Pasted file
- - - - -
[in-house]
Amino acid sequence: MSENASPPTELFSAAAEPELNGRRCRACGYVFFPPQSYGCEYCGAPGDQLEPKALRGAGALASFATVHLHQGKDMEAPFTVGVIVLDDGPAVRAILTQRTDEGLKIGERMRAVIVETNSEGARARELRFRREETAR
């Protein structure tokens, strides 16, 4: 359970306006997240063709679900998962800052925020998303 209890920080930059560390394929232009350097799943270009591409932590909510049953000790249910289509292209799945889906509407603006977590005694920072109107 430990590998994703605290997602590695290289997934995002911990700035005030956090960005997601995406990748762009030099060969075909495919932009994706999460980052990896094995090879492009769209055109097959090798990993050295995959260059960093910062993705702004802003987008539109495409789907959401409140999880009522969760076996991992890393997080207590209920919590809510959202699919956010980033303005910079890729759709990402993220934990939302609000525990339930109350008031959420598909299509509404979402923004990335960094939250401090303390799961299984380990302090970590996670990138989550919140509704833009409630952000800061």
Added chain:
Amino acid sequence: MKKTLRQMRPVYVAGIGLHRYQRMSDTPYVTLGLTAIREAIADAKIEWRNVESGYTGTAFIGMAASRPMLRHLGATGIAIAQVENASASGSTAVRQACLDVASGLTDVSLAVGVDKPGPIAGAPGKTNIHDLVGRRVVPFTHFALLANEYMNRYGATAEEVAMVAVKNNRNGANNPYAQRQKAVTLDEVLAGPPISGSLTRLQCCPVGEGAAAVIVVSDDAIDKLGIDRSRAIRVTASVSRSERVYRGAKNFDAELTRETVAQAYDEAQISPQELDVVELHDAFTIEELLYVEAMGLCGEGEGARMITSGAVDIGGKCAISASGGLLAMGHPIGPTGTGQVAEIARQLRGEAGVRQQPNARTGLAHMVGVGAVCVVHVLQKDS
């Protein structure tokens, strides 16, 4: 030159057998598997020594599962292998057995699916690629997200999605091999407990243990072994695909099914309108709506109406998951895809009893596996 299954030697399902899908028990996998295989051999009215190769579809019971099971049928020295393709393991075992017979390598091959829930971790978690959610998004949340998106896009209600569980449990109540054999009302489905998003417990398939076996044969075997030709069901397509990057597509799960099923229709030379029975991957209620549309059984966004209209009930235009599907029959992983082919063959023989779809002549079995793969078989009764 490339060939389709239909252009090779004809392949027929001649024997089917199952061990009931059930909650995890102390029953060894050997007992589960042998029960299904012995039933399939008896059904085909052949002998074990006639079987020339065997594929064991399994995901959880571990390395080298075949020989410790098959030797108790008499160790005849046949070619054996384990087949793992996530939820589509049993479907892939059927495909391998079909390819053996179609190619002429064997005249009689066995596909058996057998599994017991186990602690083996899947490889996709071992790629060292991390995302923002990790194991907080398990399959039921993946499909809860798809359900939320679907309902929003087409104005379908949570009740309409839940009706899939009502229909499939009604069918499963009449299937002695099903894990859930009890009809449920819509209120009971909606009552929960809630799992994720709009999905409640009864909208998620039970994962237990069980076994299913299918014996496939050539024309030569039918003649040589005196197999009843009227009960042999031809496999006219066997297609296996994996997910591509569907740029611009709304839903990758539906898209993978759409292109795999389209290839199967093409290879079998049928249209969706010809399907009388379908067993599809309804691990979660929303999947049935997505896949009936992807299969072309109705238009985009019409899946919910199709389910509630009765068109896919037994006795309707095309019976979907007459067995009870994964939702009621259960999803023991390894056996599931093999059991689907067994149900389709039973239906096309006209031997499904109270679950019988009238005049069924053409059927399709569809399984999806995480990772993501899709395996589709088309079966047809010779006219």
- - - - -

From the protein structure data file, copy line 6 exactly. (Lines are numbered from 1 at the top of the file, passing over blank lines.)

């Protein structure tokens, strides 16, 4: 030159057998598997020594599962292998057995699916690629997200999605091999407990243990072994695909099914309108709506109406998951895809009893596996 299954030697399902899908028990996998295989051999009215190769579809019971099971049928020295393709393991075992017979390598091959829930971790978690959610998004949340998106896009209600569980449990109540054999009302489905998003417990398939076996044969075997030709069901397509990057597509799960099923229709030379029975991957209620549309059984966004209209009930235009599907029959992983082919063959023989779809002549079995793969078989009764 490339060939389709239909252009090779004809392949027929001649024997089917199952061990009931059930909650995890102390029953060894050997007992589960042998029960299904012995039933399939008896059904085909052949002998074990006639079987020339065997594929064991399994995901959880571990390395080298075949020989410790098959030797108790008499160790005849046949070619054996384990087949793992996530939820589509049993479907892939059927495909391998079909390819053996179609190619002429064997005249009689066995596909058996057998599994017991186990602690083996899947490889996709071992790629060292991390995302923002990790194991907080398990399959039921993946499909809860798809359900939320679907309902929003087409104005379908949570009740309409839940009706899939009502229909499939009604069918499963009449299937002695099903894990859930009890009809449920819509209120009971909606009552929960809630799992994720709009999905409640009864909208998620039970994962237990069980076994299913299918014996496939050539024309030569039918003649040589005196197999009843009227009960042999031809496999006219066997297609296996994996997910591509569907740029611009709304839903990758539906898209993978759409292109795999389209290839199967093409290879079998049928249209969706010809399907009388379908067993599809309804691990979660929303999947049935997505896949009936992807299969072309109705238009985009019409899946919910199709389910509630009765068109896919037994006795309707095309019976979907007459067995009870994964939702009621259960999803023991390894056996599931093999059991689907067994149900389709039973239906096309006209031997499904109270679950019988009238005049069924053409059927399709569809399984999806995480990772993501899709395996589709088309079966047809010779006219």